Has Javon Freeman-Liberty earned a spot on the Chicago Bulls? Time will tell for the DePaul alumnus.

16 July 2023

Javon Freeman-Liberty stole the show for the Chicago Bulls in the NBA summer league.

The Bulls came into Las Vegas with different priorities: scouting Dalen Terry’s growth and measuring up the potential of draft pick Julian Phillips and two-way rookie Adama Sanogo. But instead, all eyes were on Freeman-Liberty, a second-year guard out of DePaul who led the Bulls with 21.2 points per game.

Freeman-Liberty was the best shooter on the court for the Bulls, shooting 49.3% and finishing 12-for-26 on 3-pointers. His performance against the Sacramento Kings was a top highlight as he logged 28 points, six assists and zero turnovers in 31 minutes.

Freeman-Liberty was among the top five of summer league players in shooting percentage (49.3%), field goals (35) and scoring (106 points). He scored 24 on 8-for-16 shooting Saturday in the Bulls’ 90-85 victory against the Washington Wizards in their summer league finale. The Bulls finished 3-2

Freeman-Liberty looked set to step into a larger role for the Windy City Bulls this season following the departure of 2023 G- League MVP Carlik Jones, whose contract was converted to the Bulls roster at the end of last season. But is all this enough for Freeman-Liberty to earn a first-team contract?

It’s an unlikely track — but it’s the primary goal for a Chicago native hoping to make the roster of his hometown team.

A product of Young, Freeman-Liberty played his first two years of college at Valparaiso before transferring to DePaul. After going undrafted in 2022, Freeman-Liberty came off the bench for 11 of 17 appearances with the Windy City Bulls last season. But he made the most of that court time, averaging 18.4 points, 5.7 rebounds and 2.9 assists on 49.8% shooting.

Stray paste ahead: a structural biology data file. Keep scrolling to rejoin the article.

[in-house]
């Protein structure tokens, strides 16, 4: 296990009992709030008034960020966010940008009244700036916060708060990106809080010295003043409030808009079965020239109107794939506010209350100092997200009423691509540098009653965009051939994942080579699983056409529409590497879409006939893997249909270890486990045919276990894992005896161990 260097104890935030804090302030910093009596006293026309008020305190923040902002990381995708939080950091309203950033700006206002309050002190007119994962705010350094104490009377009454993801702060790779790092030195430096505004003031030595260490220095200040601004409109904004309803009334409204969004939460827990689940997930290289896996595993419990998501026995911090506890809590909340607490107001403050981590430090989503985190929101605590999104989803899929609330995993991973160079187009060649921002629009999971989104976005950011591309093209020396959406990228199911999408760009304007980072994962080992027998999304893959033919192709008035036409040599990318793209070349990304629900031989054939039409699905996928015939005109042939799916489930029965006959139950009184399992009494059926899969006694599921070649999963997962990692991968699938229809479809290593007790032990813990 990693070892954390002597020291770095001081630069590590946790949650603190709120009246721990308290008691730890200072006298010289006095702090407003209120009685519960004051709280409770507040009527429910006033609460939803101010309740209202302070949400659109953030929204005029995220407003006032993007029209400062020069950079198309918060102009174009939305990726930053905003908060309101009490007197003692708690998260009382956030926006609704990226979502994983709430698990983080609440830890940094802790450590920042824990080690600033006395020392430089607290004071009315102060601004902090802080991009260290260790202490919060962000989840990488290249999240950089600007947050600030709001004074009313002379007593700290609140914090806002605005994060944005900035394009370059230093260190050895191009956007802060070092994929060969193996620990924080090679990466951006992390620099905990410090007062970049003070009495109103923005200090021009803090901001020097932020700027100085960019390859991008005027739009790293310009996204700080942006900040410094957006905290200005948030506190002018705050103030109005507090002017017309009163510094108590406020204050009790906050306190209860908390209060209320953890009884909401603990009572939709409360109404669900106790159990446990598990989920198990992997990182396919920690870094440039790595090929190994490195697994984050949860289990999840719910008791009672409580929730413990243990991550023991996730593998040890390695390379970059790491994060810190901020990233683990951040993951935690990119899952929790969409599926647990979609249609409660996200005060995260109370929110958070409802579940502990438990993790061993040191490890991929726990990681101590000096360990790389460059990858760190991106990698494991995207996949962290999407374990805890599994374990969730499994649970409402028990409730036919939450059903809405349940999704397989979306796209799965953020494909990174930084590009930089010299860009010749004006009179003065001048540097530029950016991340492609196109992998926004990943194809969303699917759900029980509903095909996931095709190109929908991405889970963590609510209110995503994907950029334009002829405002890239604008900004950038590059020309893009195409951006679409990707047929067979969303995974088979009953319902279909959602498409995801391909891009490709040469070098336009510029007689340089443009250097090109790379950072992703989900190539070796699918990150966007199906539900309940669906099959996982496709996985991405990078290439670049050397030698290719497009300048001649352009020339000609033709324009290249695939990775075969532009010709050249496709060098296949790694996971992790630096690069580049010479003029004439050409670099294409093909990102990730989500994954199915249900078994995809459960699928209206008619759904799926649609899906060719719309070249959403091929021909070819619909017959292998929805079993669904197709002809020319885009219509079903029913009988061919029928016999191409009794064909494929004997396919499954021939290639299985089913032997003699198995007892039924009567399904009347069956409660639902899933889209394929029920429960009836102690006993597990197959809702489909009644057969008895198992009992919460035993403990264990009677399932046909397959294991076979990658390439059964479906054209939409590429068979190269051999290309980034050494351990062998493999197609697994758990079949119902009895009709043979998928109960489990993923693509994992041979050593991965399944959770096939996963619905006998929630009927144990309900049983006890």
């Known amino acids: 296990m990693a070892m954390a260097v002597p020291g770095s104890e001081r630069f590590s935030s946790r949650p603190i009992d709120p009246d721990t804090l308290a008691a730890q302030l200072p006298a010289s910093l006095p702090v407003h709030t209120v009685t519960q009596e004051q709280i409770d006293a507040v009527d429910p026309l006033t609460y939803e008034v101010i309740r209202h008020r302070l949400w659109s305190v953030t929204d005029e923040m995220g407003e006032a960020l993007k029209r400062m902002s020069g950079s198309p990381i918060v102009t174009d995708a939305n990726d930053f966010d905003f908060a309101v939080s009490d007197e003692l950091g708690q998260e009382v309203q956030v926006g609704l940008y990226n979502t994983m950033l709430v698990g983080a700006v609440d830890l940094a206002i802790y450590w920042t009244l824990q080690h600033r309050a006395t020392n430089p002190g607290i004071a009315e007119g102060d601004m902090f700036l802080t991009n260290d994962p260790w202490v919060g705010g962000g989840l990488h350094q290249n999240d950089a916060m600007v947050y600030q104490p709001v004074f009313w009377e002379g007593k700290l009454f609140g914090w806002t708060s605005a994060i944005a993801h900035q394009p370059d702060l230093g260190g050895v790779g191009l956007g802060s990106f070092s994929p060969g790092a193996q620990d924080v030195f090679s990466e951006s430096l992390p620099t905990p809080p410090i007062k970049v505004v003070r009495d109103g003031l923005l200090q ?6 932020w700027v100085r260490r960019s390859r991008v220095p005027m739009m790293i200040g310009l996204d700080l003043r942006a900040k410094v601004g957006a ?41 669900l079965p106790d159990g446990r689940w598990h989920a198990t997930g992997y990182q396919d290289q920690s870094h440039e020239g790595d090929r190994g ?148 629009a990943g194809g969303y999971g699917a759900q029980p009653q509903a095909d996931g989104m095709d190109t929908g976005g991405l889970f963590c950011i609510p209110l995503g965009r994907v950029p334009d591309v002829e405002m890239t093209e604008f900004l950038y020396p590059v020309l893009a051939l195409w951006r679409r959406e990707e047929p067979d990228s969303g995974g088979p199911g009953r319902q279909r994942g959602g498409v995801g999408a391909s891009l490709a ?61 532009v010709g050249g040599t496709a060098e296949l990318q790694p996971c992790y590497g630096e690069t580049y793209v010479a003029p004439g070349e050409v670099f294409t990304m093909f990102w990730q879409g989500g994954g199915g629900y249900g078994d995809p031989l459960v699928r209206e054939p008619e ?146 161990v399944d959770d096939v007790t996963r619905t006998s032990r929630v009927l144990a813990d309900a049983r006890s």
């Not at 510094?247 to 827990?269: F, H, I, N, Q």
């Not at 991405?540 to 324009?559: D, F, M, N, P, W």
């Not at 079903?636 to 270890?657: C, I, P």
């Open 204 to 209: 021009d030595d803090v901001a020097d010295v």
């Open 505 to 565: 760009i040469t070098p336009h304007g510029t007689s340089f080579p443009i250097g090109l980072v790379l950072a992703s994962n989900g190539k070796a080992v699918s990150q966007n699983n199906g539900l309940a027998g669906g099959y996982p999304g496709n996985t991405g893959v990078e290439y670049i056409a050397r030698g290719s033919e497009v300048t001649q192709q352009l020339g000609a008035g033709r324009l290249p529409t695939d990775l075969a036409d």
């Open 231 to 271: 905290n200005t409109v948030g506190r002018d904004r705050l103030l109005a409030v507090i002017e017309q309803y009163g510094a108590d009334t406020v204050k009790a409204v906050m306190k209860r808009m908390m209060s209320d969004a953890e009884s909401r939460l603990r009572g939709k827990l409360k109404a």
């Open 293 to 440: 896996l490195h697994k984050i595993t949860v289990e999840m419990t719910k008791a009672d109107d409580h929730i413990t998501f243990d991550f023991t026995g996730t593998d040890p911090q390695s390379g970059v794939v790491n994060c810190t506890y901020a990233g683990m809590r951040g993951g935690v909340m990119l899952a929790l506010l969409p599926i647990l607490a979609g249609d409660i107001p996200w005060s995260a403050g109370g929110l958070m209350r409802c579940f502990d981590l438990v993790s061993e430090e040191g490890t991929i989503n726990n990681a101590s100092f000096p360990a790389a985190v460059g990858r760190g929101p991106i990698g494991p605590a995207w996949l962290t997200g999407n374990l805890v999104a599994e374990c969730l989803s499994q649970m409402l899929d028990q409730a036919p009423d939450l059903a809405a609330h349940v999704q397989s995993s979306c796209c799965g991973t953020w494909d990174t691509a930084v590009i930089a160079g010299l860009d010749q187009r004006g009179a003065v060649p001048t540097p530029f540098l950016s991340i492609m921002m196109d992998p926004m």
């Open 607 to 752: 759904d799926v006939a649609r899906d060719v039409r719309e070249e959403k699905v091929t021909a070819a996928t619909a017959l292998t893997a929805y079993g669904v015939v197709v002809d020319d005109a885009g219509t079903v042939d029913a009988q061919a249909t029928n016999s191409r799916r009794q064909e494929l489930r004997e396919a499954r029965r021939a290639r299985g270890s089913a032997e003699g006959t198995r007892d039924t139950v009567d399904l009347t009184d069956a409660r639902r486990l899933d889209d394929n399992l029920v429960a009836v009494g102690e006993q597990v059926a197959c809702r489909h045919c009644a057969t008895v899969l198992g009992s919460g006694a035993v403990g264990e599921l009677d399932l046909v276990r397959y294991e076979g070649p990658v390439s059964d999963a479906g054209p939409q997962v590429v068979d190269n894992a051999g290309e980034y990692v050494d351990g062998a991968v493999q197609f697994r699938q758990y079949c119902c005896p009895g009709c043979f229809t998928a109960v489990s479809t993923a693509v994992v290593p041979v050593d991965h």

The most compelling aspect of Freeman-Liberty’s game is the way he attacks the rim — hard. He brings sharp downhill vision and a lack of hesitation, a crucial combination for any guard to get to the rim. Decisiveness has been a fatal flaw for young Bulls counterparts, such as Dalen Terry and Patrick Williams, but it didn’t seem to be a concern for Freeman-Liberty in Las Vegas.

The caveat, of course, is the circumstance. Summer league is an imperfect gauge of a player’s potential. The defense is less hardy, the opposition less experienced. Top draft picks such as Victor Wembanyama and Scoot Henderson sat out the latter half of the tournament’s opening round, further reducing the level of competition even among the younger stars.

On paper Freeman-Liberty looks to be a viable guard option, but his best stats have been posted against a lower tier of competition.

Freeman-Liberty’s future is affected by another factor: Will the Bulls even need another guard?

As the roster stands, the main priority is securing more size at center and forward. But the Bulls also need to shore up the secondary rotation guard spots. At the end of the season, the goal for that position was clear: re-sign Ayo Dosunmu, who entered restricted free agency.

Dosunmu is another high-motor hometown standout with hefty NBA experience, and his $5.2 million qualifying offer is still a relatively inexpensive deal for a secondary guard.

The Bulls re-signed Coby White while swapping Jevon Carter for Patrick Beverley at guard and Torrey Craig for Derrick Jones Jr. at power forward. If they bring back Dosunmu and Jones, the Bulls will have only be two spots left, both of which will likely need to be focused on bulking up their rim protection and size in the paint.

Like Jones before him, the best option for Freeman-Liberty is likely a two-way contract. The Bulls have used only one of their three two-way contracts so far to sign Sanogo. And a two-way contract benefits the development of a player such as Freeman-Liberty, who could use a high volume of minutes in the G League to keep progressing while mixing in more frequently in practices with the first team.

Regardless of where he lands within the Bulls system, Freeman-Liberty clearly used summer league in the way it was intended — to prove he deserves a shot at the next level.


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